Westbury 19-year-old handed community order for cannabis dealing

This Is Wiltshire: Westbury 19-year-old handed community order for cannabis dealing Westbury 19-year-old handed community order for cannabis dealing

A cannabis dealer who told police he would just have to sell more drugs if they arrested him and took away his stock has been handed a community order.

Daniel Kibblewhite, 19, was caught after a keen-nosed police officer in Westbury, on Wednesday, August 7, noticed a strong smell of cannabis coming from him.

Tessa Hingston, prosecuting, told Swindon Crown Court on Friday he told officers 'I only have a bit on me' when they asked about drugs.

She said "When a duffle bag was taken from him and two bags of herbal matter, together with £230 cash, found in it he said 'I'm going to go to prison for this, you'll take my phone and I'll lose all my contacts'.

"'Now I am going to have to double deal tomorrow to pay my debts. Prison won't help me.

"I'll just get more contacts and deal more. I was just sitting there quietly, why did you have to bother me?"

She said his mobile phone was examined and officers found a number of text messages relating to the trade in drugs.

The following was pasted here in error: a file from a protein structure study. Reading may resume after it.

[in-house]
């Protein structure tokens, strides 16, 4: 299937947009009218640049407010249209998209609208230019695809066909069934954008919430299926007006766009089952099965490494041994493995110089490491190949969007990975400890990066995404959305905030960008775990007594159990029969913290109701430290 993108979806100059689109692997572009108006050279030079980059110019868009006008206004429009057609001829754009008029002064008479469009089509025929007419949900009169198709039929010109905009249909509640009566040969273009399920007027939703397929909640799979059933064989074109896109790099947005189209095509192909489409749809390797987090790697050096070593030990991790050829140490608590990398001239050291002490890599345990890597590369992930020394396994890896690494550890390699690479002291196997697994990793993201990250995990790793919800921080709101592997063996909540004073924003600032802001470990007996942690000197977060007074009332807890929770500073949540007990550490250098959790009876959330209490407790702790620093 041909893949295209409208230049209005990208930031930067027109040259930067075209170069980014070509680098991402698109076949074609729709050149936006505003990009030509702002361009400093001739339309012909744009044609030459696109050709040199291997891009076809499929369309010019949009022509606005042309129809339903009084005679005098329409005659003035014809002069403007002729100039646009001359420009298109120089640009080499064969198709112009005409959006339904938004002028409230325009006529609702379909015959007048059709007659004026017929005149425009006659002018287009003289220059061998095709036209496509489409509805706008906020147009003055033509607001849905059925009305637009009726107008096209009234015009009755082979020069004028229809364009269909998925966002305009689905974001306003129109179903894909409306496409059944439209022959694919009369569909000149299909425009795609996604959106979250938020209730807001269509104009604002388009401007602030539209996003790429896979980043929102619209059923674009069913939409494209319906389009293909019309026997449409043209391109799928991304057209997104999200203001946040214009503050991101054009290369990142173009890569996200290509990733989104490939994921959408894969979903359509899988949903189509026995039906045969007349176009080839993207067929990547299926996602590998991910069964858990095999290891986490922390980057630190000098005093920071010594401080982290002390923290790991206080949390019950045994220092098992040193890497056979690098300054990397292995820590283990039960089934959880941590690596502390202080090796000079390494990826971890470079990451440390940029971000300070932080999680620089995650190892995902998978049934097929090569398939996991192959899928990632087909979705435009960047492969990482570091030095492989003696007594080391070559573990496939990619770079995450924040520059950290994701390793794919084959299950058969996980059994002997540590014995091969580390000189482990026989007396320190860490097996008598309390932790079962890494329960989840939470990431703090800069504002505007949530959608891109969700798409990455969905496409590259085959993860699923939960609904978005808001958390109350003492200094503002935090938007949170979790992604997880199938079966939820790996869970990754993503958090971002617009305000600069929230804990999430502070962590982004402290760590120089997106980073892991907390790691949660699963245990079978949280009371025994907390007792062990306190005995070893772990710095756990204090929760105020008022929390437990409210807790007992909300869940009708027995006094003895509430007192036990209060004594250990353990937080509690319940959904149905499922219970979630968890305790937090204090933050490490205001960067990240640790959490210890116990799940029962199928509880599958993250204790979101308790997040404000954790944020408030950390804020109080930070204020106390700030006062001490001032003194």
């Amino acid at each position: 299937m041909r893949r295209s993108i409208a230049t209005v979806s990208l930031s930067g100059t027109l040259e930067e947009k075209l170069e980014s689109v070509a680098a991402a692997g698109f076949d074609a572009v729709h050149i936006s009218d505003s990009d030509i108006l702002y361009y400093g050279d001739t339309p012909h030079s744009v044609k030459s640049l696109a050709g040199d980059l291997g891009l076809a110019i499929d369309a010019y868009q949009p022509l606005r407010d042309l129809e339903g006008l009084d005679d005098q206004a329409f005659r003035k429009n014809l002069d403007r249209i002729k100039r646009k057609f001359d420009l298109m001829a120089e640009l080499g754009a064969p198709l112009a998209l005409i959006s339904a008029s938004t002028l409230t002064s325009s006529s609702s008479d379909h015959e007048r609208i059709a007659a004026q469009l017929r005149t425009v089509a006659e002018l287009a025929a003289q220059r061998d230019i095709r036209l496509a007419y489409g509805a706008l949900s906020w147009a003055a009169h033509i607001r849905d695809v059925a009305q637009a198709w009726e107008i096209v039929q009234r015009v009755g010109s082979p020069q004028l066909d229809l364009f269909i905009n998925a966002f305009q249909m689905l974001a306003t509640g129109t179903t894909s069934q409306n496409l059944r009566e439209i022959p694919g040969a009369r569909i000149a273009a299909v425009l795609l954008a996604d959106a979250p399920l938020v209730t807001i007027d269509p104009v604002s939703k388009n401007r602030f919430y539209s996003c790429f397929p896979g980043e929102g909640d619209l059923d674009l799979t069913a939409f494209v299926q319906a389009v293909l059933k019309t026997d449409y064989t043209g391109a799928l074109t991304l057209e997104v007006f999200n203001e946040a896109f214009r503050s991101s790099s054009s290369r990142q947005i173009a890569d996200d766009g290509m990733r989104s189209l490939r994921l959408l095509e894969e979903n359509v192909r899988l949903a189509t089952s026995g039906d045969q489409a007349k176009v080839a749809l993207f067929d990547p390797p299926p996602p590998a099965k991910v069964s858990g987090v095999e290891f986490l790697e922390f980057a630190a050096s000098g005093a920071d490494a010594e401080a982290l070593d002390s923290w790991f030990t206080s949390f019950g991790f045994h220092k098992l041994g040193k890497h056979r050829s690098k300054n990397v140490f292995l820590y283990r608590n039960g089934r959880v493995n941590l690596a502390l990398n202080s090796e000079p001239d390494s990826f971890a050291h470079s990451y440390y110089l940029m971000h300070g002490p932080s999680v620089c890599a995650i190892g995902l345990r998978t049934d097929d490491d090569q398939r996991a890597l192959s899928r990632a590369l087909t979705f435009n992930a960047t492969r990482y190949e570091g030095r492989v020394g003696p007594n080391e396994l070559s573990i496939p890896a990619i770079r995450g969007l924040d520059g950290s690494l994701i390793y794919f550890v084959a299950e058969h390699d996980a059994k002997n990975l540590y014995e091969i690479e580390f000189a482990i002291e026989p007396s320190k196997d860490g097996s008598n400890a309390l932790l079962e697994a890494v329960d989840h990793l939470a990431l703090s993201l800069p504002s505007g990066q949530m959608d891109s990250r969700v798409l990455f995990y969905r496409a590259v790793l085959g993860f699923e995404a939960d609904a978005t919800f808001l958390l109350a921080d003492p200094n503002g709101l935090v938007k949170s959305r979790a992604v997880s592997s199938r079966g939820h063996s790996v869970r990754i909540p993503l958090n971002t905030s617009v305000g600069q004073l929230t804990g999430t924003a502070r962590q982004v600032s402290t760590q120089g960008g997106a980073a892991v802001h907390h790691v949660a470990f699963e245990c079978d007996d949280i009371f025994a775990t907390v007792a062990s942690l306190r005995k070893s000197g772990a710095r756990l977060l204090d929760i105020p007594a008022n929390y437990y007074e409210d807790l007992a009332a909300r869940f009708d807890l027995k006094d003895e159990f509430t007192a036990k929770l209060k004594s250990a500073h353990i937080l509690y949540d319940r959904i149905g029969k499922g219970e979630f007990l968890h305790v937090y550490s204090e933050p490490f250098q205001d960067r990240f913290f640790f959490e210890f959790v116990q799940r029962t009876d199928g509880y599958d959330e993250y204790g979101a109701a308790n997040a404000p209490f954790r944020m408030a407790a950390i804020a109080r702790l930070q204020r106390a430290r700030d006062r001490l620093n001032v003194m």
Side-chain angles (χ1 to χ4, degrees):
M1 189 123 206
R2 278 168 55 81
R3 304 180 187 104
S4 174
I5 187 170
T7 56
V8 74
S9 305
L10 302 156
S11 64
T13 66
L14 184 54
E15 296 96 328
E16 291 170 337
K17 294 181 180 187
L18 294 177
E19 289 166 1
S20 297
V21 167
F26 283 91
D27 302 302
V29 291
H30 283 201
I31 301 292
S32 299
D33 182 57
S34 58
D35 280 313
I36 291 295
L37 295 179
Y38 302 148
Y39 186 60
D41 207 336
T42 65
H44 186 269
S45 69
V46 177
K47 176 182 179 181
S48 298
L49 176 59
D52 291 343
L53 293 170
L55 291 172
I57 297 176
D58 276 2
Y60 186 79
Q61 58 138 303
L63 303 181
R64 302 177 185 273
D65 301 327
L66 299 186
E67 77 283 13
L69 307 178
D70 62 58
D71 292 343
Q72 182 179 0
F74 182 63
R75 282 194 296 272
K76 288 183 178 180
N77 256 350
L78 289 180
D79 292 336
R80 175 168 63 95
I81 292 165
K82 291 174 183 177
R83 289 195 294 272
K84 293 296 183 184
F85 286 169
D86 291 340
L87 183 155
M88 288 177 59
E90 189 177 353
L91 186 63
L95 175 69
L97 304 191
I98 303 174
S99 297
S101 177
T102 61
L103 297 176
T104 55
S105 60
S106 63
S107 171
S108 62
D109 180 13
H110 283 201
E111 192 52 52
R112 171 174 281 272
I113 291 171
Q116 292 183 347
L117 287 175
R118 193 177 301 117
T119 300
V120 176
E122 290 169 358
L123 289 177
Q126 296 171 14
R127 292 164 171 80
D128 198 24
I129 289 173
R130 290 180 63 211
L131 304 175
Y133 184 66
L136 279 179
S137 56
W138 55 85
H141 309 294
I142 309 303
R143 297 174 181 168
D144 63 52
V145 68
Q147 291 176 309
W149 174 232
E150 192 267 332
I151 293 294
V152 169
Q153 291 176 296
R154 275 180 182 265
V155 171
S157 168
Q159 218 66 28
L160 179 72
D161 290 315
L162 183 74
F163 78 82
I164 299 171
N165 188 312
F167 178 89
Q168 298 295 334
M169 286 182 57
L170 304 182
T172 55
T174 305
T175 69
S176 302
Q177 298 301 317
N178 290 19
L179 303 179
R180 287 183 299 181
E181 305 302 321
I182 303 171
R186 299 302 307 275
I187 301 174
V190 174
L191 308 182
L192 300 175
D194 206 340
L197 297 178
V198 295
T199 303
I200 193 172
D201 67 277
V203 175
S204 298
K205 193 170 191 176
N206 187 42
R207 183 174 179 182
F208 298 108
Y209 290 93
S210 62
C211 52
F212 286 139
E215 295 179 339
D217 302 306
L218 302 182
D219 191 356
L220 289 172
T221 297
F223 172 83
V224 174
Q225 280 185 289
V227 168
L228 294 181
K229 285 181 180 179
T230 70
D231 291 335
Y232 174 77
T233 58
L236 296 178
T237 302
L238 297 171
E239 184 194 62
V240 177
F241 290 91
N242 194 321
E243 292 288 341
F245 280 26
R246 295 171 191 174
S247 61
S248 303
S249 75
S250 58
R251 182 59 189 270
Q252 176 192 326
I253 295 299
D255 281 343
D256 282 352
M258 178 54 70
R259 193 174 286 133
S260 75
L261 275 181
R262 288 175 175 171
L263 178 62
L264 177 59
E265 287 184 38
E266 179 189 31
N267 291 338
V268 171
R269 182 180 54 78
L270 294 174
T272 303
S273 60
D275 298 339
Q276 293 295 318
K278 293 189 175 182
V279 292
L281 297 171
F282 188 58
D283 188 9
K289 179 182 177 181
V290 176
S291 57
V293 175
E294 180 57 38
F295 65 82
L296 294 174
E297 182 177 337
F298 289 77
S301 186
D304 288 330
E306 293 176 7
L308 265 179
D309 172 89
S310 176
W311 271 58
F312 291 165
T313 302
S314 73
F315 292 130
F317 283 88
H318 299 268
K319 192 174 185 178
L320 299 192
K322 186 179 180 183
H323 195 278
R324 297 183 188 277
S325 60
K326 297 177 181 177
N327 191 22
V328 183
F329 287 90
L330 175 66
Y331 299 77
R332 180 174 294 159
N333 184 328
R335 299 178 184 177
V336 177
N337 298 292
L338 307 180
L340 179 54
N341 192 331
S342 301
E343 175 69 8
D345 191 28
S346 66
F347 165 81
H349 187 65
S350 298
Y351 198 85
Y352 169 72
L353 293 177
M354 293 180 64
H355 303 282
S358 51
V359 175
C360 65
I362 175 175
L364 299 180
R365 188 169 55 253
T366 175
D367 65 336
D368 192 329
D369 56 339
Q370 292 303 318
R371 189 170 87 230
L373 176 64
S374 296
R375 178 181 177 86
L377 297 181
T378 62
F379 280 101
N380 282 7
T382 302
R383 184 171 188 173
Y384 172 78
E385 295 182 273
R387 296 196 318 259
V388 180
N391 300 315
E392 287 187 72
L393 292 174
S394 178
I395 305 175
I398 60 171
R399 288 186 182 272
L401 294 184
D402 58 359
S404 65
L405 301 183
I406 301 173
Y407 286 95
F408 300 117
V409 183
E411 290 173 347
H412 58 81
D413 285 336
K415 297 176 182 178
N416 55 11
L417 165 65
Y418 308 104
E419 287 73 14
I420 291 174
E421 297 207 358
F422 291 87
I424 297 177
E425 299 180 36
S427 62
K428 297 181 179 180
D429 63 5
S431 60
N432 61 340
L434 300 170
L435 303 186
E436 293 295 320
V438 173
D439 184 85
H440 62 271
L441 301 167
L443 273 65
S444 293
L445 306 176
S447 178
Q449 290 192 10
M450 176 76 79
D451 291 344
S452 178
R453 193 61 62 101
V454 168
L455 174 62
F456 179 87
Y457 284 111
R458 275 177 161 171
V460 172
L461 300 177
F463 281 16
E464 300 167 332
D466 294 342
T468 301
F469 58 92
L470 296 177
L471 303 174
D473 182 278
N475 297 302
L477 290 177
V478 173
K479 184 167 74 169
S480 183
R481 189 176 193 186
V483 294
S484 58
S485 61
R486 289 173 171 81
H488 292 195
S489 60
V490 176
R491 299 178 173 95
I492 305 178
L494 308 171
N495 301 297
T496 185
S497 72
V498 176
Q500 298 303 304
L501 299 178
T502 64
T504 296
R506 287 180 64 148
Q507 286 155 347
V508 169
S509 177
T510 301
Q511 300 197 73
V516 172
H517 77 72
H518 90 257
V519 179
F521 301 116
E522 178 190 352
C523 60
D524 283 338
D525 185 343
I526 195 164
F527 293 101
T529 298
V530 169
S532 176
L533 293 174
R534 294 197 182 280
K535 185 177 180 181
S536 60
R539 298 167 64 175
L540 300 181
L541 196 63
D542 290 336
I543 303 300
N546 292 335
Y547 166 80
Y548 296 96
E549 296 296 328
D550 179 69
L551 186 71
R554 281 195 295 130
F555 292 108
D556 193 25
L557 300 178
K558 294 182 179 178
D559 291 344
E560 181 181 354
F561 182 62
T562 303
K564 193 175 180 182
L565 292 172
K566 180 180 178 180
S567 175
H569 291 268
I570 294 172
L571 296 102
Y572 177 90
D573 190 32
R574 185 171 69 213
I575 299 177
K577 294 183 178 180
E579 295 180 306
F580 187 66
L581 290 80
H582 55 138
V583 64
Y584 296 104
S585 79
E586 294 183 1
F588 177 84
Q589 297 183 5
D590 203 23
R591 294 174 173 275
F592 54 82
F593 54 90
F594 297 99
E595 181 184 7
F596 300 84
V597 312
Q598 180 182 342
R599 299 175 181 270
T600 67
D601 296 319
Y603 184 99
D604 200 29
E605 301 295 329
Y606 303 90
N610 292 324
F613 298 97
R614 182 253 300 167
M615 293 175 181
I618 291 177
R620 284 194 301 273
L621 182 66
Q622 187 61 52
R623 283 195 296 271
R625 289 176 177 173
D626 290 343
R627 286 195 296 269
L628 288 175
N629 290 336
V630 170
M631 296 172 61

One referred to him delivering a 9oz bar of the drug while others talked of selling an ounce for £200 and £240.

She said the drugs found on him were found to be the powerful skunk variety of the drug and worth about £120.

Kibblewhite, of Castle View, Westbury, pleaded guilty to possessing cannabis with intent to supply.

Nick Wragg, defending, said there was a certain amount of immaturity in what he said to the police when he was arrested.

"He is immensely frightened of the prospect of prison, he has been living with the prospect for some time, as have his family," he said.

"He has been using drugs for some years now, not just cannabis, and he has been selling drugs to fund that habit."

He said he is living at home and being supported by his family but hoped to go to university.

Passing sentence Judge Tim Mousley QC said "You now have the chance to go on to higher education, that is a cause for some optimism for the future."

He imposed a one-year community order with supervision a six month drug rehabilitation requirement and told him to do 150 hours of unpaid work.

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